You may have noticed that when someone complains in these forums about not getting the FE they expect, I encourage them to do a controlled test to see if the car is CAPABLE of meeting or exceeding its EPA rating under controlled, near-ideal conditions. If it isn't, then I advise the owner to check into a problem with the car. No "you don't know how to drive", but an idea on how to get to the bottom of the FE numbers. I've given this advice dozens of times over the years. NEVER--not once--has anyone returned to say they did the controlled test and here's the results. I have to wonder about that.

    There's so many factors that can affect FE--I know you know that. I think it's prudent to investigate all of those areas first, before going down the conspiracy/lawsuit route.

    The other thing that I think is behind complaints on 40-mpg cars like the Elantra... expectations are higher. Also, consider that 10% of 40 is 4. 10% of 22 is 2. I have a feeling there's something psychological at work here. If someone expects to get 40 mpg, for example, and gets only 36, it sounds worse than if they expected 22 mpg and got 20.

    And if there's salespeople who are telling buyers, "Oh yes, you'll get 40 mpg in the Elantra, no doubt about it!"--shame on them! And btw, that IS grounds for a lawsuit IMO--material misrepresentation by an agent of HMA. Proving it in court could be tough though.
  • m6userm6user Posts: 2,954
    edited January 2012
    Agree with all with a "but". The number of complaints on the Elantra forums and in other media in comparison to other new high MPG cars seems to be substantially higher. I don't think that just Elantra buyers have this higher expectation you speak of and I somewhat agree with. Could it say something about the mindset in particular of Hyundai buyers? I don't have a clue and wouldn't want to go there anyway.

    If I had several cars which I consistently attained EPA numbers and then bought a car(drove it the same, same conditions, blah, blah) in which I couldn't get close to EPA numbers I would personally have a problem with that. It is people with stories like this that I think bear some investigation.

    As far as your test goes. I agree it will give you a very brief snapshot of HWY MPG and may well paint a more rosier picture which may explain why people don't report back being human nature and all. However, that is not how the EPA tests are done. My point is if I consistently averaged 28 mpg in my old car that was rated, say 27-29 avg, and then purchased a new car that EPA avg was 33 mpg but I could only achieve the same 28mpg avg, I would be questioning it like a lot of these people. That is well over 10% off and you would think everything else being equal you should be able to achieve at least a few more mpg from the new car.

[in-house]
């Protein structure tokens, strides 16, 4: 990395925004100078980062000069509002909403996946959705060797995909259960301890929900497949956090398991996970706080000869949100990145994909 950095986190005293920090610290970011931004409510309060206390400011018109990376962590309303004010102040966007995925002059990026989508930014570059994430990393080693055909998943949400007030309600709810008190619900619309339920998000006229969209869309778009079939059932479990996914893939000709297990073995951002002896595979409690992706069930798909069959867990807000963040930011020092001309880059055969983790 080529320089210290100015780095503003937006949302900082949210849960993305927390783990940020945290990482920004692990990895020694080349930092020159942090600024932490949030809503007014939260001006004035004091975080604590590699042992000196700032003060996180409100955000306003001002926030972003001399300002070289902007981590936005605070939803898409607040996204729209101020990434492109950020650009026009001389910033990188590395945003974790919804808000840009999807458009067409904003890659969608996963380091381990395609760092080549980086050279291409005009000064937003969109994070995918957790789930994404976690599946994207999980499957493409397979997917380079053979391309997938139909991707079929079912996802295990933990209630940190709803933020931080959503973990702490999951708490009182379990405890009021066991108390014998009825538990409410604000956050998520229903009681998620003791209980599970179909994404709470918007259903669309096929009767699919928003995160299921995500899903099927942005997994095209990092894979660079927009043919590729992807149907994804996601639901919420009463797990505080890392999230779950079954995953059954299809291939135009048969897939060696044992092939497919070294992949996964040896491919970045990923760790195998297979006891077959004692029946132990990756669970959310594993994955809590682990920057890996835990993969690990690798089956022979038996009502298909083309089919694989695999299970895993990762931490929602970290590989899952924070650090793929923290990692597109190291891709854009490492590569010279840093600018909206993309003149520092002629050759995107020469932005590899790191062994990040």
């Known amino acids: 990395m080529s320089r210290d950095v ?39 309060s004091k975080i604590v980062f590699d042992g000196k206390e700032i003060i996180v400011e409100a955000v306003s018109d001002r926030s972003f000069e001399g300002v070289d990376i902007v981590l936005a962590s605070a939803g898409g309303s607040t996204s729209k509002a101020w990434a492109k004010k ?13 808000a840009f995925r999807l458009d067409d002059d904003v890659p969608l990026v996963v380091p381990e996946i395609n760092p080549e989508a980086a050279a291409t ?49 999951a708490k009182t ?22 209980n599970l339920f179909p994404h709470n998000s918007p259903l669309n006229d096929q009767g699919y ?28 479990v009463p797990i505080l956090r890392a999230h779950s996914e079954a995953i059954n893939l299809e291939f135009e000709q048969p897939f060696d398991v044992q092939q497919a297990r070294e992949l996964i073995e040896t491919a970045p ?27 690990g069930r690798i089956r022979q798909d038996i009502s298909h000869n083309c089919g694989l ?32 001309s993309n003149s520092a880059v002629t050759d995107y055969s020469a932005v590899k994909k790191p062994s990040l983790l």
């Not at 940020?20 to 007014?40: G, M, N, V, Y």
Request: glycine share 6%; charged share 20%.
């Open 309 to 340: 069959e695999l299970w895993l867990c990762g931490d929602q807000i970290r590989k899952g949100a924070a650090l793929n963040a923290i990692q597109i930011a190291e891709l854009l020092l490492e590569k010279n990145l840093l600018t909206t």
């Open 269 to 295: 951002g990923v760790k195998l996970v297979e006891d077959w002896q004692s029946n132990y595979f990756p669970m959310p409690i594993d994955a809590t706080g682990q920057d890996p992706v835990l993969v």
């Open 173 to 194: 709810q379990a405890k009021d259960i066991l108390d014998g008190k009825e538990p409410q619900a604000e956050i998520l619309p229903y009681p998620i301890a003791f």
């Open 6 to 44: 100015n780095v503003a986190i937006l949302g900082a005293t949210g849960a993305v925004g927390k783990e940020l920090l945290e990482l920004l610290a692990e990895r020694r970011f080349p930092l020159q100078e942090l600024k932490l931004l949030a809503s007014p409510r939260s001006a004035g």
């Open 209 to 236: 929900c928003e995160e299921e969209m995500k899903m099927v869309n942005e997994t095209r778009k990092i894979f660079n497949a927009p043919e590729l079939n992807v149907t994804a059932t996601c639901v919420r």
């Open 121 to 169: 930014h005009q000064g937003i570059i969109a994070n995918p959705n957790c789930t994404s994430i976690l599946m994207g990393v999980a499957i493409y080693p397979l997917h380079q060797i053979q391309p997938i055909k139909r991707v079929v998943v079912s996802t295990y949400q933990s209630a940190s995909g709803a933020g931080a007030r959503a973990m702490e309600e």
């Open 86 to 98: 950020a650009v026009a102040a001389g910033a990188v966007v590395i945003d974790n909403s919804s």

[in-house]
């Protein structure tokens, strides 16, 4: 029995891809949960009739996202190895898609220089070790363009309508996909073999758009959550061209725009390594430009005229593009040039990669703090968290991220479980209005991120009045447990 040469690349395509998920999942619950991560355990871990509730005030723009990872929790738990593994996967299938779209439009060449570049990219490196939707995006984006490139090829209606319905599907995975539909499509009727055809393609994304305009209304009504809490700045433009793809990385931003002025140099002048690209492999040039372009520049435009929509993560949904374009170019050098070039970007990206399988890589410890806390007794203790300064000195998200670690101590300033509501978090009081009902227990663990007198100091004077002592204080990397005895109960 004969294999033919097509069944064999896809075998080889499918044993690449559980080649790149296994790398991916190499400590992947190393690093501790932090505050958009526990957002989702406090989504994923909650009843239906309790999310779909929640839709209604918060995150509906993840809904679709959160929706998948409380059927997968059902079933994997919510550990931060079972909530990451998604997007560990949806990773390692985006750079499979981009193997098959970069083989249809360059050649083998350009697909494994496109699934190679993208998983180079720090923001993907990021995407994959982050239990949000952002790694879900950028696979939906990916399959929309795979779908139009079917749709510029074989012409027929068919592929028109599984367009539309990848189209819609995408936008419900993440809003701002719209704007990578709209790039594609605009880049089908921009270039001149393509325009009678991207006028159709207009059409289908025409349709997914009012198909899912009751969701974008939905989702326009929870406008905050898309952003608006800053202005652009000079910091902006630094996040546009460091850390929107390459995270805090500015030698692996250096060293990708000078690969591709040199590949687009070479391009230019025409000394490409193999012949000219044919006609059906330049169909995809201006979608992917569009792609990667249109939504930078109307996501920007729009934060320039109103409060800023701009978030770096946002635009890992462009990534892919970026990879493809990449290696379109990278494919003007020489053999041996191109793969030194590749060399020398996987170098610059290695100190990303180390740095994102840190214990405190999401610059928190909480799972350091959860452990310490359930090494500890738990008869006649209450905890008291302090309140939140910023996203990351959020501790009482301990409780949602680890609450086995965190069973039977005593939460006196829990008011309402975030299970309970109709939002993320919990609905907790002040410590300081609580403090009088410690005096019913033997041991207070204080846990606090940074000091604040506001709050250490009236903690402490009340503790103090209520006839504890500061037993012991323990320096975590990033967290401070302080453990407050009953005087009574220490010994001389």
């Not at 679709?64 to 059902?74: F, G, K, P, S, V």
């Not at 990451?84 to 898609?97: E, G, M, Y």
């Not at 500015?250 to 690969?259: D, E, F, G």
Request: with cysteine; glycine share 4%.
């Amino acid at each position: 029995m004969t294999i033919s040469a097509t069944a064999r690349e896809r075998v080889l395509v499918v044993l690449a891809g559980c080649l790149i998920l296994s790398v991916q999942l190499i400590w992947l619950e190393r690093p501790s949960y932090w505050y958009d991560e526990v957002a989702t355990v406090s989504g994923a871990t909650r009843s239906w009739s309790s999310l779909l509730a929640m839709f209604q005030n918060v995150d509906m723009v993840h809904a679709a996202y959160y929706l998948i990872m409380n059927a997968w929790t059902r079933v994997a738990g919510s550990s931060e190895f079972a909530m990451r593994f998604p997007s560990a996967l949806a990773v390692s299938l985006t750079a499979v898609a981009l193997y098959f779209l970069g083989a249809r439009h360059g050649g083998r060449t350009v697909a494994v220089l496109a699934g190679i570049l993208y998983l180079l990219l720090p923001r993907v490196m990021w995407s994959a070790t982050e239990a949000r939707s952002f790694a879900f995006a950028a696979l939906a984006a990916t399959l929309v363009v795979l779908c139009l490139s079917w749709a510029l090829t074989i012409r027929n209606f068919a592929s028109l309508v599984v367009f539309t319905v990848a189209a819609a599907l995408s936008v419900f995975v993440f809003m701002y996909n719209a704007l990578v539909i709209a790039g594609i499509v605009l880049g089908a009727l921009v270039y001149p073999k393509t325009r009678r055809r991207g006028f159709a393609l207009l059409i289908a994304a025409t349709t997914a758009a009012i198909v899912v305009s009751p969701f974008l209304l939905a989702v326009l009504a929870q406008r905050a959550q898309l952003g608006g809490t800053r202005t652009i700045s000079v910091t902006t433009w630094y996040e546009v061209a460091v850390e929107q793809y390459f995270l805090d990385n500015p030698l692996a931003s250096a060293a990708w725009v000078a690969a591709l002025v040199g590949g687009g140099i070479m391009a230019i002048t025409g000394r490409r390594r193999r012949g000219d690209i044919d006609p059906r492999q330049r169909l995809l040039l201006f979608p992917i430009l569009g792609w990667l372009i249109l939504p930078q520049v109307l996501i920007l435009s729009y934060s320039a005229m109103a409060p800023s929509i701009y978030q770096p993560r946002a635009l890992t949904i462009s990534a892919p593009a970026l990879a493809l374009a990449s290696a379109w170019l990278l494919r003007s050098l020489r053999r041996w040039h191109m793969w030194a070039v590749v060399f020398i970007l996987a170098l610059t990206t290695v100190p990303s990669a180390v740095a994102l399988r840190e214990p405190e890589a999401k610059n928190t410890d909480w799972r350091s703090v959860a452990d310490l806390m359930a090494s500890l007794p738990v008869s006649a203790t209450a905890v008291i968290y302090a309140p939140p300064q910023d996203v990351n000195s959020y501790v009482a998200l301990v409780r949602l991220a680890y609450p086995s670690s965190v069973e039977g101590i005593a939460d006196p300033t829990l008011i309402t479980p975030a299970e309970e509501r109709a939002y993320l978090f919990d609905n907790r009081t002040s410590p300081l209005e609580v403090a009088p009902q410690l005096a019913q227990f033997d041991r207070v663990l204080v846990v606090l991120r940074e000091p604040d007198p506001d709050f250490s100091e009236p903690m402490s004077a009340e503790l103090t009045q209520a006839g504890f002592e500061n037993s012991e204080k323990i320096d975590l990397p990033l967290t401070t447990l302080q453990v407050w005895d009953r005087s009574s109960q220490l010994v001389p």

Many of these people are stating that even driving almost to the point of hypermiling they can't achieve the numbers. Like you, I have never had a problem getting the EPA numbers and if I were to drive a lot easier I'm sure I could surpass them. So this is puzzling to say the least.
  • backybacky Twin CitiesPosts: 18,686
    Many of these people are stating that even driving almost to the point of hypermiling they can't achieve the numbers.

    I haven't seen that kind of comment from "many" people here. If someone does think they are "hypermiling" in any car and not seeing EPA ratings, I'd like to know what they consider "hypermiling" and what their driving conditions are.

    I don't come close to "hypermiling" but just use some basic fuel-saving techniques, e.g. light foot on the gas, anticipate stops, no long warmups, watch the speed on highways, and no long idling. And I had no trouble getting the EPA rating or above on the Elantra. So I know it CAN be done. But clearly not by everyone, under all conditions. And there's always the possibility of some kind of component problem affecting FE on some cars.
  • m6userm6user Posts: 2,954
    had no trouble getting the EPA rating or above on the Elantra

    I think the operative word above is "the". If I drove one and didn't get the EPA would you give it the same credence? As you said, there's always the possibility of some kind of component or even a programming problem in some cars which is really all I've been saying all along.
  • backybacky Twin CitiesPosts: 18,686
    If I drove one and didn't get the EPA would you give it the same credence?